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Pfeiffer: Winter Moth

12/14/11 5:55PM By Bryan Pfeiffer
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(Host) Females endure much in order to bear children. But commentator Bryan Pfeiffer notes that one kind of moth takes sacrifice to extremes.

(Pfeiffer) In the angled light of December, in a forest of naked trees dusted with snow, a moth crossed my path the other day. Wait! A moth? In December? We might as well have orchids blooming or warblers singing.

Moths aren’t supposed to fly when it’s cold. They need heat to power their wings. No, the warm November wasn’t a factor here. Neither is climate change. This moth flies every fall. This moth is Operophtera bruceata. Bruce Spanworm is the common name. The guys in the woods with rifles call it Hunter’s Moth.

So how is it that Bruce Spanworm flies in the freeze? And more important … what does all this have to do with sex?

First … some physics.

It turns out that Bruce Spanworm, plain and gray, is rather buff. He’s got a slender physique and broad wings. His flight muscles generate greater force at lower temperatures than similar summer-flying moths. It means Bruce gets lots of lift for each stroke of those wings. How do we know? Well, actually, a guy did an experiment on this.

Bruce is like a welterweight boxer; pound for pound he’s tougher than you and me. But he’s not angling for a fight. His angle is, well, you know – to make more moths. In December! Even when it’s cold out there, Bruce is hot to trot.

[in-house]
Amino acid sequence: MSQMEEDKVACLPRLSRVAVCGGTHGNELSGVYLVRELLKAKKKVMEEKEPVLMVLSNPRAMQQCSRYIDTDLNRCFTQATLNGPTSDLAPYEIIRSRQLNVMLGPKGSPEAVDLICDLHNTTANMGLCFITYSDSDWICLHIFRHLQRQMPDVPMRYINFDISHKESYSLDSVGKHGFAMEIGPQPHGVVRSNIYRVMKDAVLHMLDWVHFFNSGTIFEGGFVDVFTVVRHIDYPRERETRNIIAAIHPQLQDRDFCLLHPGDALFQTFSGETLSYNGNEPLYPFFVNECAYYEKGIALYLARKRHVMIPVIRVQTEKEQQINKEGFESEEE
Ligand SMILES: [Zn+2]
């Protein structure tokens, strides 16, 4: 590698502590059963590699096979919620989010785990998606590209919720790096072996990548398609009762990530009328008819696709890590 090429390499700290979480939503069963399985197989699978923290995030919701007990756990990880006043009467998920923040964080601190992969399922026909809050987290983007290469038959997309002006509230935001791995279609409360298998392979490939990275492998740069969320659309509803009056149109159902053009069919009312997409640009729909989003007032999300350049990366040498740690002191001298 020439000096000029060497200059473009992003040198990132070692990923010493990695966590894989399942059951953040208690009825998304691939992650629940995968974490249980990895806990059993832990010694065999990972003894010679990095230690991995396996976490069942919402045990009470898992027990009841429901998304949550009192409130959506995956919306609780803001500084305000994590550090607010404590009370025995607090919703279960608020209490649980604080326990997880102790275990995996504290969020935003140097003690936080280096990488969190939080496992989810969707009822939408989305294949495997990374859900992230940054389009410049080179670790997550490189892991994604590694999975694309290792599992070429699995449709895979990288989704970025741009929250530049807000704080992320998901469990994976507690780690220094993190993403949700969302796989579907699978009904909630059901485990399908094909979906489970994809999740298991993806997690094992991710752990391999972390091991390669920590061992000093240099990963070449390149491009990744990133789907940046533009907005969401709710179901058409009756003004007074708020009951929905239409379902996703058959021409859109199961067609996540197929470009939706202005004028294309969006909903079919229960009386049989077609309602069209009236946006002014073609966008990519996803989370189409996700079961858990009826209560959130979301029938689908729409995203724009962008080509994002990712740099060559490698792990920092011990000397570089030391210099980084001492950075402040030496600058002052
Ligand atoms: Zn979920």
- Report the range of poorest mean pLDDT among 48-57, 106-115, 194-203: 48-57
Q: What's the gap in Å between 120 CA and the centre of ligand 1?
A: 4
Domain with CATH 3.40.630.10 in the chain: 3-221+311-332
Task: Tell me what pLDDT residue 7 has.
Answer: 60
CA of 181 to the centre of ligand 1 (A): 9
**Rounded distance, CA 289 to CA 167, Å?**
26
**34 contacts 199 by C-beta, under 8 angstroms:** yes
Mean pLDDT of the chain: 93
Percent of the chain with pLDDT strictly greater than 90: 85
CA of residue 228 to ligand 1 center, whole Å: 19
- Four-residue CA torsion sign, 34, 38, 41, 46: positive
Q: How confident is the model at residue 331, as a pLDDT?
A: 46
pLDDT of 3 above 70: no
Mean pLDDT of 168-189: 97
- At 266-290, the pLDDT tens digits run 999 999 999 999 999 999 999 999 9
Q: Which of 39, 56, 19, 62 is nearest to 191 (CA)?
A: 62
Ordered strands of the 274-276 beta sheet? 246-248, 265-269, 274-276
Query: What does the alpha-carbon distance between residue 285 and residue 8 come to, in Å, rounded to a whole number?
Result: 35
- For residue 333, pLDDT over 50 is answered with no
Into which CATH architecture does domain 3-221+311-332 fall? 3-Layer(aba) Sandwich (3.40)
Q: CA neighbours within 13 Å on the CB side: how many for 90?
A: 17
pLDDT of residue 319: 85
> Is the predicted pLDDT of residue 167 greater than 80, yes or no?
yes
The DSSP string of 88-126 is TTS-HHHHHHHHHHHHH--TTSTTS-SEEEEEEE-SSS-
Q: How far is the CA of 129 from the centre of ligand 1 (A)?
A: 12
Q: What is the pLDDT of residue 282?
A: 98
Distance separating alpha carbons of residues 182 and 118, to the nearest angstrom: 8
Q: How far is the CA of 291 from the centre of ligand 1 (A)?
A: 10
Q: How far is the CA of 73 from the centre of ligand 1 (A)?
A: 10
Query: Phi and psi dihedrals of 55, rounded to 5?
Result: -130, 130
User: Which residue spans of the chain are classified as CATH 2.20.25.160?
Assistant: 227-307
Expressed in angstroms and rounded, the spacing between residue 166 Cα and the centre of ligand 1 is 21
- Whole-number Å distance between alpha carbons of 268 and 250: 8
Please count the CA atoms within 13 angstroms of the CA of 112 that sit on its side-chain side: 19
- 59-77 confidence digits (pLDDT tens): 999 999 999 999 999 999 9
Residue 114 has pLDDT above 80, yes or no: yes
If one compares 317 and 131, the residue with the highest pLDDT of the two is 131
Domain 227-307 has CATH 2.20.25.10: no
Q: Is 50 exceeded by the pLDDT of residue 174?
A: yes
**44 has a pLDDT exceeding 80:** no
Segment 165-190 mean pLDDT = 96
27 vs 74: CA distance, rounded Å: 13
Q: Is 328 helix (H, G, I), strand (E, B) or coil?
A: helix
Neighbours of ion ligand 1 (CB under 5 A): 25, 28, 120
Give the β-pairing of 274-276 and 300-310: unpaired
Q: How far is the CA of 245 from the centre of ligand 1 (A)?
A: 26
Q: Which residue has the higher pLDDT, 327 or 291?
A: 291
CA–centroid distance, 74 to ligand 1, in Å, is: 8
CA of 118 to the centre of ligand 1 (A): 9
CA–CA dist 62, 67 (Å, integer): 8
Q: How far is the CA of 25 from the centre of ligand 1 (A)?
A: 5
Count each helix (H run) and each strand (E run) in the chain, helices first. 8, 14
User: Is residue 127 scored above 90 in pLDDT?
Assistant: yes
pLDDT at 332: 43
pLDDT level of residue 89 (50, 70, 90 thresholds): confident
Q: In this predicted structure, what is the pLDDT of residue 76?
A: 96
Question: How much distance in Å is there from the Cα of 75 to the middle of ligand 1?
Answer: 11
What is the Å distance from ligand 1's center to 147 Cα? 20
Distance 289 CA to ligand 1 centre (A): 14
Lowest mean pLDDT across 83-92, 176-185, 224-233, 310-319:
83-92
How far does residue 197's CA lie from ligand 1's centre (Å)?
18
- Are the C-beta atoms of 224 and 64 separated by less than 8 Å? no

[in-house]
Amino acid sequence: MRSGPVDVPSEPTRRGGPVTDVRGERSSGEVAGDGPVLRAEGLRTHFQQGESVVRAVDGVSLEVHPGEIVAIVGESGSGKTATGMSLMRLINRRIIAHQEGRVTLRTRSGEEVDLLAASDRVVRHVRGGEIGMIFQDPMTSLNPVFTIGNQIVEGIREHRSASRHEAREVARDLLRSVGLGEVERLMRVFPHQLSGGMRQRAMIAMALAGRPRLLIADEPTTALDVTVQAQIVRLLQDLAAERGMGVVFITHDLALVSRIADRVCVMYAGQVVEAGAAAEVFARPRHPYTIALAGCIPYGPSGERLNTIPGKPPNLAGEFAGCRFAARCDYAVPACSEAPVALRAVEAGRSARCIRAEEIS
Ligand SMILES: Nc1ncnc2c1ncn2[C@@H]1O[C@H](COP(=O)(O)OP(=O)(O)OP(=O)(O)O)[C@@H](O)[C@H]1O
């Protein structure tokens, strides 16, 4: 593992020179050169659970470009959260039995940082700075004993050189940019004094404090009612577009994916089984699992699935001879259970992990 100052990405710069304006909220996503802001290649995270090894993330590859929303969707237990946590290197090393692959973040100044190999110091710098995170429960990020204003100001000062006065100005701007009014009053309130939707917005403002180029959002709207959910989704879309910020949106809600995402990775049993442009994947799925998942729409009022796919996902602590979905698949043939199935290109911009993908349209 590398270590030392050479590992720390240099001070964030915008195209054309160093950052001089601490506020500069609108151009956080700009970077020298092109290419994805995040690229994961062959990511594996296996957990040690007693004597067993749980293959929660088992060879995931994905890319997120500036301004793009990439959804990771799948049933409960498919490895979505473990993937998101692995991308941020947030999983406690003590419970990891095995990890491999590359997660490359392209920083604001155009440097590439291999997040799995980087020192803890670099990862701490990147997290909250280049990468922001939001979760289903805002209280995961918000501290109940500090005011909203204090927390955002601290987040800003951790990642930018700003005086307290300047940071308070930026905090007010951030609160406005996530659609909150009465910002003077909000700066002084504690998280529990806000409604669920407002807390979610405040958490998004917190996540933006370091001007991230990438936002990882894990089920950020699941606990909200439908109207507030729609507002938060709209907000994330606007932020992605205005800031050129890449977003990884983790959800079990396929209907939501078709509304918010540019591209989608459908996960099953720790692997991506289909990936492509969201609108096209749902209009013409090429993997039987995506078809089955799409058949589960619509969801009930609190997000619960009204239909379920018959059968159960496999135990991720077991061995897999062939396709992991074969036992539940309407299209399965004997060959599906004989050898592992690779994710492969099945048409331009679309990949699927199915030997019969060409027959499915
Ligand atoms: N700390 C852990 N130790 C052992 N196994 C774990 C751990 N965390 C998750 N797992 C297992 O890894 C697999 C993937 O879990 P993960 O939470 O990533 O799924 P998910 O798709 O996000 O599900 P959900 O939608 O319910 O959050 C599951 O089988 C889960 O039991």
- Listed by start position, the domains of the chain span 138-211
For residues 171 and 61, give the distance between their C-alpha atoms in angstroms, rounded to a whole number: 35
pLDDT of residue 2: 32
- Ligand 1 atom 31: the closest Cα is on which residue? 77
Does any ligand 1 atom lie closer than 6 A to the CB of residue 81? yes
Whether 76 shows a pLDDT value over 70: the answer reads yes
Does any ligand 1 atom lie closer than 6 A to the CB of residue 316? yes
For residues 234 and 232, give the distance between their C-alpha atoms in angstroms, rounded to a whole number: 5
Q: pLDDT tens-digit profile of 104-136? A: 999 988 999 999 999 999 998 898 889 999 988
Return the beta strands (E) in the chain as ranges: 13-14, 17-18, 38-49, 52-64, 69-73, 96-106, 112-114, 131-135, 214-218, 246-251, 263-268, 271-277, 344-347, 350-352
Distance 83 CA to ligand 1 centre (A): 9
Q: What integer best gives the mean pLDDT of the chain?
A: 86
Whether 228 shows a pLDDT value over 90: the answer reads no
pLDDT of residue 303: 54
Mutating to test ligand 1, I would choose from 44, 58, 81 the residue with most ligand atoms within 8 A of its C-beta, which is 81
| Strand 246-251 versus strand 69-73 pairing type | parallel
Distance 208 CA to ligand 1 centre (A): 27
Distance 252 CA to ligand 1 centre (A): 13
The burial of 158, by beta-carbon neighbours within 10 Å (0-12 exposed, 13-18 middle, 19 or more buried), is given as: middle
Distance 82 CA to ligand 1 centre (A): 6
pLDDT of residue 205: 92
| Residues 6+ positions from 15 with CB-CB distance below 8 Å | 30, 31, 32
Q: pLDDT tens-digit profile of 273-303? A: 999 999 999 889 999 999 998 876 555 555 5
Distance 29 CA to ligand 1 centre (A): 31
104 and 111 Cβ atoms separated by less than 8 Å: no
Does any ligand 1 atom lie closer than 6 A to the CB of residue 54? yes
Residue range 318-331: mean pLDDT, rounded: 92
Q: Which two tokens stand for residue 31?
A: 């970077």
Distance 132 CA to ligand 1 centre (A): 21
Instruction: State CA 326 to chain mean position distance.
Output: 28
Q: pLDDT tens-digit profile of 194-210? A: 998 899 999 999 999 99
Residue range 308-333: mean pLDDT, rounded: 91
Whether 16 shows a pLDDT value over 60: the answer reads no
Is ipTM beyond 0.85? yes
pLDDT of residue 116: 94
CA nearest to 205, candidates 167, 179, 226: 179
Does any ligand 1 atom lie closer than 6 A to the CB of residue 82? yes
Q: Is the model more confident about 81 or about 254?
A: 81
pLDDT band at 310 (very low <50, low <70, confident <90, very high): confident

By the way, none of the physics applies to the females. That’s because females don’t fly. They can’t fly. They can’t fly because they don’t have wings.

The female is like a tiny, grounded dirigible: a chubby, brown body out in the woods. She a couch-potato. She's a flightless moth. But she’s not lonely out there. Her sluggishness is all about survival.

As Darwin’s law of evolution would explain it, the female Hunter’s Moth has become a listless egg factory. Having given up her wings and the muscles and organs necessary for flight, she can devote more of her body weight to eggs. Her cavity is packed with more eggs than a similar summer moth.

So there she sits, wafting pheromones into the chilly woods to summon Brucie drifting around and on the make. It works. She often attracts a cluster of eager males. I’ve seen them, hovering over her, jockeying, competing to be the fittest moth in the winter woods, to mate with a female whose option for survival is simply to lay lots of eggs.

The onset of colder days brings an end to this ritual. By now, the females have laid their eggs in the barren woods. And this year’s generation of Bruce and his wingless women has since died off. But next fall a new generation will rise and resume the cycle.

It’s one thing to see a moth flying in December. It’s quite another to see a moth with no wings. In the struggle for existence, a female has traded flight for fertility. Nature is nothing if not surprising.
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